Now the great musical "Oklahoma!" can reach a still wider audience, for the long-awaited screen version about to be released in full color is expected to smash this twelve-year record in a fraction of the time.

"Oklahoma!" is not only being filmed in CinemaScope but this production marks the introduction of a new camera, the Todd-American Optical big screen process, which uses a single strip of 65mm film and is designed to give audiences a sense of participation on the order of Cinerama.

After turning down a host of offers to film "Oklahoma!", partly to avoid outside tampering with their creation, Rodgers and Hammerstein formed their own company, leased facilities and equipment from M.G.M. and hired Arthur Hornblow as the producer. The director is Academy Award winner Fred Zinnemann, who has such top-flight pictures to his credit as "Seventh Cross," "High Noon," "From Here to Eternity," and many others.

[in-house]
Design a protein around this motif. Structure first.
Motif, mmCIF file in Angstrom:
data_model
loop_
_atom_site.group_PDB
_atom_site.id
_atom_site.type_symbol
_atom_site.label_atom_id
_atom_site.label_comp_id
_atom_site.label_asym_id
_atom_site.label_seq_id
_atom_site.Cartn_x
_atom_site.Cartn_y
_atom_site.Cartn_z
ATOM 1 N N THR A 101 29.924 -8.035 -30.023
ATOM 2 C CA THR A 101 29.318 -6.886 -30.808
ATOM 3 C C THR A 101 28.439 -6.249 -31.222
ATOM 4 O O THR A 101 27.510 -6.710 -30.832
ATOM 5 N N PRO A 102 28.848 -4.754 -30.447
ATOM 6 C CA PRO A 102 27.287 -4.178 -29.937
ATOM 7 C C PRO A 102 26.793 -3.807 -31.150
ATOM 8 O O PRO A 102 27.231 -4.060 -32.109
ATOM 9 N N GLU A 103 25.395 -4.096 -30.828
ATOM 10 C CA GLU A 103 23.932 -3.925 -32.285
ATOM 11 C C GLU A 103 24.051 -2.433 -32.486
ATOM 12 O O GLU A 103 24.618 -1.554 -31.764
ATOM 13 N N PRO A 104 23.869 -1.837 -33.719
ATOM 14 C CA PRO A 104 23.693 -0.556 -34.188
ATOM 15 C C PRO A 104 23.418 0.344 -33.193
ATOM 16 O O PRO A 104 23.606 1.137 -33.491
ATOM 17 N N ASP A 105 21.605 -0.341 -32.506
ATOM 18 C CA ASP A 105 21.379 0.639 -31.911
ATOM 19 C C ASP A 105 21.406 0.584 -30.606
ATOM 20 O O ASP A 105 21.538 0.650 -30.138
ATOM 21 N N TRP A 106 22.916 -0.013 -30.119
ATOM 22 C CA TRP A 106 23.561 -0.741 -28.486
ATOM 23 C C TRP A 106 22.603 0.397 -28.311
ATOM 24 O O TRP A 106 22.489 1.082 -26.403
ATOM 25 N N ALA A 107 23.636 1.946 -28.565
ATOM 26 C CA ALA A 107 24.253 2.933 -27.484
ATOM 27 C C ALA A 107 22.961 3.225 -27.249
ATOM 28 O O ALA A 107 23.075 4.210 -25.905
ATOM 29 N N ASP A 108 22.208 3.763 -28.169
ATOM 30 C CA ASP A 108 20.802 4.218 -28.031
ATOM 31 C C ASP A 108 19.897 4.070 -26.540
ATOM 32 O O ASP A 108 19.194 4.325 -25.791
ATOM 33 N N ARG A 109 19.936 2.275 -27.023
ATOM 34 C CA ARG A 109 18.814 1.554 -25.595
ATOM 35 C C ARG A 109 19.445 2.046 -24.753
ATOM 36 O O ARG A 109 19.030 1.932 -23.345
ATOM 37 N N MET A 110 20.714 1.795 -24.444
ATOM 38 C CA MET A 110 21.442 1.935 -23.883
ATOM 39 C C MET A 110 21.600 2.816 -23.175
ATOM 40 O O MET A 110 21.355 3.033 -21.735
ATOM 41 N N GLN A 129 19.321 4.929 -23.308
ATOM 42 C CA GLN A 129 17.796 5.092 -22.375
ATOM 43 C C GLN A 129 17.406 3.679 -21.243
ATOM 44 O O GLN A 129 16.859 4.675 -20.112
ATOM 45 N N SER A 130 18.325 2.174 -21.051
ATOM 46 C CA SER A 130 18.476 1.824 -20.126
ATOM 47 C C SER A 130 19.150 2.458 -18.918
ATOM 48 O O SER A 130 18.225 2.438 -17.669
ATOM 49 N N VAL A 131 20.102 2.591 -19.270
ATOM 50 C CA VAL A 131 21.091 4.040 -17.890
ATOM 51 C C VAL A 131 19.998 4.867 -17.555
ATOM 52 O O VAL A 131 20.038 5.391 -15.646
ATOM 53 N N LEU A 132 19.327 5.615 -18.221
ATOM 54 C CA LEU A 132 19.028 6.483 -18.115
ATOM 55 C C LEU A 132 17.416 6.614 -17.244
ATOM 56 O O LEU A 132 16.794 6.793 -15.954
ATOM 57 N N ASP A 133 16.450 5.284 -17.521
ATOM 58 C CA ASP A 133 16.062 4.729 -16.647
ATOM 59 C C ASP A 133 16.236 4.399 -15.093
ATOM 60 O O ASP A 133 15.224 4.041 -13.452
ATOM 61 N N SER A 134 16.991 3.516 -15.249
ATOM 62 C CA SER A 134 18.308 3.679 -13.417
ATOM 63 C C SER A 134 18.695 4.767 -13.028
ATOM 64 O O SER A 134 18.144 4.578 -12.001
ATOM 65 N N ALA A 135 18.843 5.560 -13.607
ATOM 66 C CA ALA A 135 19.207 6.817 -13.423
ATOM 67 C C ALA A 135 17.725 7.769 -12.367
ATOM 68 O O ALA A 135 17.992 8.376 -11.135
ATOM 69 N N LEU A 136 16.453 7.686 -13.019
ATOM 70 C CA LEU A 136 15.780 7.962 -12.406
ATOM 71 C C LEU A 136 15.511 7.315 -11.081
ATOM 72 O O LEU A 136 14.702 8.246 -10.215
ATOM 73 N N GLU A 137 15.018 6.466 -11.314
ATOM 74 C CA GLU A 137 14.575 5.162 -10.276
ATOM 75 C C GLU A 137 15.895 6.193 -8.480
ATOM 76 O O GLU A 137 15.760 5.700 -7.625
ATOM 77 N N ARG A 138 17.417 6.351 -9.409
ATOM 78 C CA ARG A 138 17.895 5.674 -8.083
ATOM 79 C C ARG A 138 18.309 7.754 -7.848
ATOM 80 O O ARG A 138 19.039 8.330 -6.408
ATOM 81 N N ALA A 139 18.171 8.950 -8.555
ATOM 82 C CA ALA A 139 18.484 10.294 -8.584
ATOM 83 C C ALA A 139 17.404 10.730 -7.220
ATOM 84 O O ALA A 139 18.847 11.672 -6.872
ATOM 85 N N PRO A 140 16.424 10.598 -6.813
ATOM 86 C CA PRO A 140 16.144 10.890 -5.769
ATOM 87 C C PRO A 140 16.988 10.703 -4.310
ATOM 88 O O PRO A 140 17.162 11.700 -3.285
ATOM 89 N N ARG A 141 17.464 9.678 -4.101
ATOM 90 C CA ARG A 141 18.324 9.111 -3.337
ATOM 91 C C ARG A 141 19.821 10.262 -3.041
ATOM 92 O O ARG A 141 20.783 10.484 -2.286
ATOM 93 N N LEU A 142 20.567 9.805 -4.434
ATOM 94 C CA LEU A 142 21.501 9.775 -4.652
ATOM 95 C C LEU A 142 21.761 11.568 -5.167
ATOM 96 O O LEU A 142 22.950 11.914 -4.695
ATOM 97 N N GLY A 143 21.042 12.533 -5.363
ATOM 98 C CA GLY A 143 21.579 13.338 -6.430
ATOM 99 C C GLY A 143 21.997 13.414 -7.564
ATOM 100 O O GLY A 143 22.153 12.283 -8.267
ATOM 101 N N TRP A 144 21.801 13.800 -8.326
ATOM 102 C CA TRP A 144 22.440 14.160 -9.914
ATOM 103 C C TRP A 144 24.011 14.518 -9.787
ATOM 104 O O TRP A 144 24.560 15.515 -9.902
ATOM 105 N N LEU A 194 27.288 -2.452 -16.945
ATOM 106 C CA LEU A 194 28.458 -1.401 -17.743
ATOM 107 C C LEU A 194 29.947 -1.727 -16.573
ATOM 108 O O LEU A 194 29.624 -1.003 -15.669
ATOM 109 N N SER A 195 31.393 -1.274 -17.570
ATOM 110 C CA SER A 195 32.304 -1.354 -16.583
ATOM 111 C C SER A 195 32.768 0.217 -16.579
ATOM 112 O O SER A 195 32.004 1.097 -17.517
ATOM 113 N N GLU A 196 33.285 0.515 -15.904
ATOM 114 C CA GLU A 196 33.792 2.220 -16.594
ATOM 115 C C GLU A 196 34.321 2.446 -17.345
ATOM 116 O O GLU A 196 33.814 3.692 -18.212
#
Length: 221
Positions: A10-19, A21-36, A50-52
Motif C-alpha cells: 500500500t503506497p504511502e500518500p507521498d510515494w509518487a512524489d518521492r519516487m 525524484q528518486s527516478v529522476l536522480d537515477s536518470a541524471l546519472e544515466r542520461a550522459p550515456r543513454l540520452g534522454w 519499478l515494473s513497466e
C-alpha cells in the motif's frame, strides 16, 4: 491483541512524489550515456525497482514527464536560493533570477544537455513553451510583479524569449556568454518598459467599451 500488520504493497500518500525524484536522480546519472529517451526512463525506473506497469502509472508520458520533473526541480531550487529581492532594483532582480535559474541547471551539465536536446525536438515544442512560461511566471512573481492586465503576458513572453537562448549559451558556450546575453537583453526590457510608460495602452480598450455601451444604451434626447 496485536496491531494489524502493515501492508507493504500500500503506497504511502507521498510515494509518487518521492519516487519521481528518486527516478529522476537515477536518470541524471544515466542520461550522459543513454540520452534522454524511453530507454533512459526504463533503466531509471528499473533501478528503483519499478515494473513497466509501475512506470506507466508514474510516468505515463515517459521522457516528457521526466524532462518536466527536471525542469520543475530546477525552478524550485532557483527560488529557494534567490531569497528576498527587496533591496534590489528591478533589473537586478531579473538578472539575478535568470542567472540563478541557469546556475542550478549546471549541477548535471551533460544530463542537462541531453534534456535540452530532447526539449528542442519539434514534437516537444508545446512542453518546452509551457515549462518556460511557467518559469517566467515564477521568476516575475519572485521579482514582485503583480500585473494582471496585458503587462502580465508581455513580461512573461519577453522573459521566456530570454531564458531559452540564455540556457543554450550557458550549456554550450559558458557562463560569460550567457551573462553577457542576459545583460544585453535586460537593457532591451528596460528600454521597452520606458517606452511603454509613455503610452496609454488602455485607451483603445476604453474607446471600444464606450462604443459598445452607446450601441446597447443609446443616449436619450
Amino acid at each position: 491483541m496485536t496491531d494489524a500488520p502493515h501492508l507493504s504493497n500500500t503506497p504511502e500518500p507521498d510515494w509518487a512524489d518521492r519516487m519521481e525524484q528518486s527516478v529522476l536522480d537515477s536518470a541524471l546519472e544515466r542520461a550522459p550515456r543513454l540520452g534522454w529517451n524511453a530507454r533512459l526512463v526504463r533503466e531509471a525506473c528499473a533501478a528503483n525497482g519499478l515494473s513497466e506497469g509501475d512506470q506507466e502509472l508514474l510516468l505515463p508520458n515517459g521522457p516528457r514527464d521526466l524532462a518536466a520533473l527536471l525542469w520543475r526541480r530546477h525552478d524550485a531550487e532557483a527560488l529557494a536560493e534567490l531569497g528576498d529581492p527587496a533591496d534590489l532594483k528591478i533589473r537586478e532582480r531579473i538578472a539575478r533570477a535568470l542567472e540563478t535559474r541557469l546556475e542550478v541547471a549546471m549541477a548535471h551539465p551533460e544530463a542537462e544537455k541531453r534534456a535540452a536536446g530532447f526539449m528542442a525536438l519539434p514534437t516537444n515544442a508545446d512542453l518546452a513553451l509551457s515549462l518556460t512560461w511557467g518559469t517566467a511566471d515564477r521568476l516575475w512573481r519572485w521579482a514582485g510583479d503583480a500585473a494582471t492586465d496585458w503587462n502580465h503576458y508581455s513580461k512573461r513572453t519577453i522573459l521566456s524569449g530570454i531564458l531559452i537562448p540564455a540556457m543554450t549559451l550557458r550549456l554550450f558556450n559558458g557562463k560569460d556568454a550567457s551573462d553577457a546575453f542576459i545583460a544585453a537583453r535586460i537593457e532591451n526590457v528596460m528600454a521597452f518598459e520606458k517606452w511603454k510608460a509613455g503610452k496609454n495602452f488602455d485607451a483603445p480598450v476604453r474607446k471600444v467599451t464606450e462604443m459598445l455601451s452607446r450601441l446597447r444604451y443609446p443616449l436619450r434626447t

The cast of "Oklahoma!" includes Gordon McRae as "Curley," a sparkling and capable newcomer making her film debut. Shirley Jones, as "Laurey," Charlotte Green as "Aunt Eller," Barbara Lawrence as "Gertie," Eddie Albert as "Ali Hakim," Gene Nelson as "Will Parker," Gloria Grahame as "Ado Annie," Rod Steiger as "Jud," James Whitmore as "Andy Carnes," Jay C. Flippen as "Skidmore" and Roy Barcroft as "Cord Elam."

Before the film got under way, more than 250,000 miles were logged by R.&H. officials in search of the ideal location site. An extensive survey crisscrossing the state of Oklahoma revealed that it would be rather difficult to capture the feeling of wide open spaces, that the territory was noted for 50 years ago, with an oil well or some such modern structure showing up in the background. Other drawbacks of the Sooner state were too many airplanes that would disturb the sound system and force costly delays, to say nothing of the great distance to transport tons of equipment and the 325 member cast and crew back and forth from the home studio in Culver City, California.